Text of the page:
At this point, the moisture content of the coffee beans is about 57%. Before processing can continue, that must be reduced to between 11% and 12.5%. The beans may be dried in the sun, in a mechanical dryer or using a combination of the two methods. Whichever method of drying is used, the final product is parchment coffee, beans stripped of their pulp.


Workers spread the beans on flat concrete or brick patios in layers no deeper than 10 cm. For the next 8 to 10 days, workers will rake and turn the coffee beans several times a day to make sure that they dry evenly. On many farms, the patios have been replaced with raised or parabolic drying beds. Raised drying beds are waist-high tables with mesh floors that allow for better air circulation and faster drying. Parabolic drying beds are raised drying beds under a protective covering similar to a hoop house. They’re common in rainy climates.

Mechanical Drying

Hot-air drying machines dry the coffee beans in 12 to 24 hours. They’re typically used on larger plantations, where the patios or drying beds aren’t sufficient to effectively process the entire harvest at once. Mechanical drying reduces some of the risks associated with sun-drying but increases the risk of over-drying the beans.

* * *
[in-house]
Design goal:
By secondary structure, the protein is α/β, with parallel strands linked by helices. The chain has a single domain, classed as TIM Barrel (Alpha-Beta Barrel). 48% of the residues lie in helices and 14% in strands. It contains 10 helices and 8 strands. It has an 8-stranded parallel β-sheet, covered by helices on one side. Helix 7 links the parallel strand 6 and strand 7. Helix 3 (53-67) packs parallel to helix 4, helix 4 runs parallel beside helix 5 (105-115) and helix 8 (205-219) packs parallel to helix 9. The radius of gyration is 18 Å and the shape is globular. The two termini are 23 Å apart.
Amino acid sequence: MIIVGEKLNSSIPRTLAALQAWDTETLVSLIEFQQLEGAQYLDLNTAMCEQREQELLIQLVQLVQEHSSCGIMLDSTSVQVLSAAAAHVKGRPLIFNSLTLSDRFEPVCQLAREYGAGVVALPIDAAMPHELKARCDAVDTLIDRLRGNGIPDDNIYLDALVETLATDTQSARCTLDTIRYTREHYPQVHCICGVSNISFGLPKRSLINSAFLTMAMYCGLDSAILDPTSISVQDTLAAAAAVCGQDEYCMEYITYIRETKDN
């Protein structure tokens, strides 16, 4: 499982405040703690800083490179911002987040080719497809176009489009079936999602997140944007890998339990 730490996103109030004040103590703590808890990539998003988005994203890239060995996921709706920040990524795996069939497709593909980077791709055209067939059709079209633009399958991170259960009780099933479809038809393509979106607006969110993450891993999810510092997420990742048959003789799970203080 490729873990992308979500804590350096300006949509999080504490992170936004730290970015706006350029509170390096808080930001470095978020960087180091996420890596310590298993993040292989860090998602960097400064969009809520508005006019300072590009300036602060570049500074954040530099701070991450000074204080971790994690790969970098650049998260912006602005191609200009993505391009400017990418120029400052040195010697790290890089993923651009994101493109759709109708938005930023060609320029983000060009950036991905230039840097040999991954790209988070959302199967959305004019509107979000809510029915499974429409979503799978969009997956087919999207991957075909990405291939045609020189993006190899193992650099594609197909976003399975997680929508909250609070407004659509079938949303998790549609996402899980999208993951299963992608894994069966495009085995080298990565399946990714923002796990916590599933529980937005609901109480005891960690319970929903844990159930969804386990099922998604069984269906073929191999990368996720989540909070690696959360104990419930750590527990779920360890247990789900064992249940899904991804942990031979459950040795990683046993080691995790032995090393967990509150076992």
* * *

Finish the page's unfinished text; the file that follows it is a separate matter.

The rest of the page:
The washed/wet processing method produces a cleaner cup profile with more pronounced acidity and light to medium body. Because it involves removing the fruit pulp before drying, the flavors that remain are more or less those that are intrinsic to the bean. Washed coffees, therefore, have a more predictable flavor profile than natural-processed coffees, which we turn to now.

Natural (Dry)

Natural processing is the most traditional method of coffee processing and is often used in countries and regions that have fewer resources.

Immediately after picking, workers sort and clean the cherries to remove dirt, twigs and leaves, as well as berries that are unripe, overripe or damaged. The cleaned, sorted cherries are spread in the sun to dry on patios or on raised, matted platforms. Depending on the climate and the weather, it can take up to four weeks for the cherries to dry to the point where the skin and fruit can be easily removed. During that time, workers rake or turn the cherries by hand to prevent the formation of mildew and to ensure that the fruit dries evenly.